Teen Dating Violence Statistics

1 in 5 teens who have been in a serious relationship report being hit, slapped or pushed by a partner.1
40% of teenage girls ages 14-17 report knowing someone their age who has been hit or beaten by a boyfriend.2
1 in 4 adolescents report verbal, physical, emotional, or sexual abuse from a dating partner each year.3
1 in 4 teens who have been in a serious relationship say their boyfriend or girlfriend has tried to prevent them from spending time with friends or family; the same number have been pressured to only spend time with their partner.1
1 in 3 girls between the ages of 16 and 18 say sex is expected for people their age if they’re in a relationship; half of teen girls who have experienced sexual pressure report they are afraid the relationship would break up if they did not give in.1
81% of parents surveyed either believe teen dating violence is not an issue or admit they don’t know if it’s an issue.4

Are you in an abusive relationship? Know the Red Flags!!

Has gotten to the point that “he’s just not himself” (she’s just not herself) anymore.
Makes the other person constantly question: “Is something wrong with what I did?”
Calls or texts messages the other person excessively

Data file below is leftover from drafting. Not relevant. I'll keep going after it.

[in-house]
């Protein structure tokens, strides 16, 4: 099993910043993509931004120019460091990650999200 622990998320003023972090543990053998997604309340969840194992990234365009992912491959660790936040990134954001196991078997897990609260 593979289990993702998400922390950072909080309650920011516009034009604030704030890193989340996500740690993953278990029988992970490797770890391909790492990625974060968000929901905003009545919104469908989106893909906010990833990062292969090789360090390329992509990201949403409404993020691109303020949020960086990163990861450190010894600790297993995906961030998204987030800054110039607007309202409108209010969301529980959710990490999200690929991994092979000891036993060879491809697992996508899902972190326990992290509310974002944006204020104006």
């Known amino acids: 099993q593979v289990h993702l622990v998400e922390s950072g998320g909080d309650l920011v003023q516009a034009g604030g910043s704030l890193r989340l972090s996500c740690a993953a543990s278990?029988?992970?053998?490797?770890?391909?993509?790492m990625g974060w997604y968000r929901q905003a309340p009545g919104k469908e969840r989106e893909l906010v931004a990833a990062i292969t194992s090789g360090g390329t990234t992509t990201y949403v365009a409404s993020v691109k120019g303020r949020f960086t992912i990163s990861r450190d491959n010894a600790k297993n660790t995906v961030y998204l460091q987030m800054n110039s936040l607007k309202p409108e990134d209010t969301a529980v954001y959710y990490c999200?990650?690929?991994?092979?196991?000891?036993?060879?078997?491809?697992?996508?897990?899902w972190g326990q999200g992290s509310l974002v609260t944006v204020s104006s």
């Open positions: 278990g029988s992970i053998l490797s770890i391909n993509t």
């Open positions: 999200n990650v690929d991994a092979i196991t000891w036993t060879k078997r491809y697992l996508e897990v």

Monitors the other person by screening call logs, phone bills, or emails
Is always showing up unannounced a the person’s home, work, or hangouts
Tells the other what to do, what to wear, or how to act
Embarrasses the other in public or private through insults or degrading comments
Acts jealous a lot and frequently accuses the other person of things like cheating or flirting
Keeps the other person from doing the things the other person enjoys in life
Doesn’t ever want the other person to spend any free time with family and friends
Controls how the other spends money
Uses money as a tool to keep the other person from doing things- or makes the other person do things
Shows or hints at an explosive temper
Physically harms the other person or threatens to do harm
Forces the other person to do something sexual, even if it’s something the couple has done before
Threatens to do self harm if the other person leaves the relationship
Has gotten the other to the point where “she’s not quite herself” (“he’s not quite himself”) anymore. 5


  1. Teen Dating Abuse Survey 2006 Liz Claiborne Inc.: Teenage Research Unlimited (TRU)
  2. “Children Now,” Kaiser Permanente poll, December 1995
  3. Foshee VA, Linder GF, Bauman KE, et al. The Safe Dates project: theoretical basis, evaluation design, and selected baseline findings. American Journal of Preventive Medicine 1996;12(Suppl 2):39–47
  4. “Women’s Health,” June/July 2004, Family Violence Prevention Fund and Advocates for Youth
  5. Source: Know the Red Flags, a project of the Texas Council on Family Violence. 8 (2006)

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